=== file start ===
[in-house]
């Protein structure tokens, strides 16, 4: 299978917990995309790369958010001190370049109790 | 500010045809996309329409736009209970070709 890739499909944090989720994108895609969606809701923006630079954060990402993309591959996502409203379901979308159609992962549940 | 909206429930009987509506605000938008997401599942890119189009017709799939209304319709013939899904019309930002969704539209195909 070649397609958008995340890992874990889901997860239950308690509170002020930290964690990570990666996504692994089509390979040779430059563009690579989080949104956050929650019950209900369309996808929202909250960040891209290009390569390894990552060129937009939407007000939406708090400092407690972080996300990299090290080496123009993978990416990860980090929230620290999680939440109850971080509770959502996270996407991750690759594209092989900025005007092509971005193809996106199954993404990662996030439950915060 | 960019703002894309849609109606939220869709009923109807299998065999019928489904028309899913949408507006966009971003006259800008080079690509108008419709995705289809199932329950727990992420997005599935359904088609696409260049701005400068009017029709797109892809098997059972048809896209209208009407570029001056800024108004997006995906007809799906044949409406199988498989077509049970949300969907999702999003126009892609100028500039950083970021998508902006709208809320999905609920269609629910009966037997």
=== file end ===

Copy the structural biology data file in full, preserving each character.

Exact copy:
[in-house]
């Protein structure tokens, strides 16, 4: 299978917990995309790369958010001190370049109790 | 500010045809996309329409736009209970070709 890739499909944090989720994108895609969606809701923006630079954060990402993309591959996502409203379901979308159609992962549940 | 909206429930009987509506605000938008997401599942890119189009017709799939209304319709013939899904019309930002969704539209195909 070649397609958008995340890992874990889901997860239950308690509170002020930290964690990570990666996504692994089509390979040779430059563009690579989080949104956050929650019950209900369309996808929202909250960040891209290009390569390894990552060129937009939407007000939406708090400092407690972080996300990299090290080496123009993978990416990860980090929230620290999680939440109850971080509770959502996270996407991750690759594209092989900025005007092509971005193809996106199954993404990662996030439950915060 | 960019703002894309849609109606939220869709009923109807299998065999019928489904028309899913949408507006966009971003006259800008080079690509108008419709995705289809199932329950727990992420997005599935359904088609696409260049701005400068009017029709797109892809098997059972048809896209209208009407570029001056800024108004997006995906007809799906044949409406199988498989077509049970949300969907999702999003126009892609100028500039950083970021998508902006709208809320999905609920269609629910009966037997």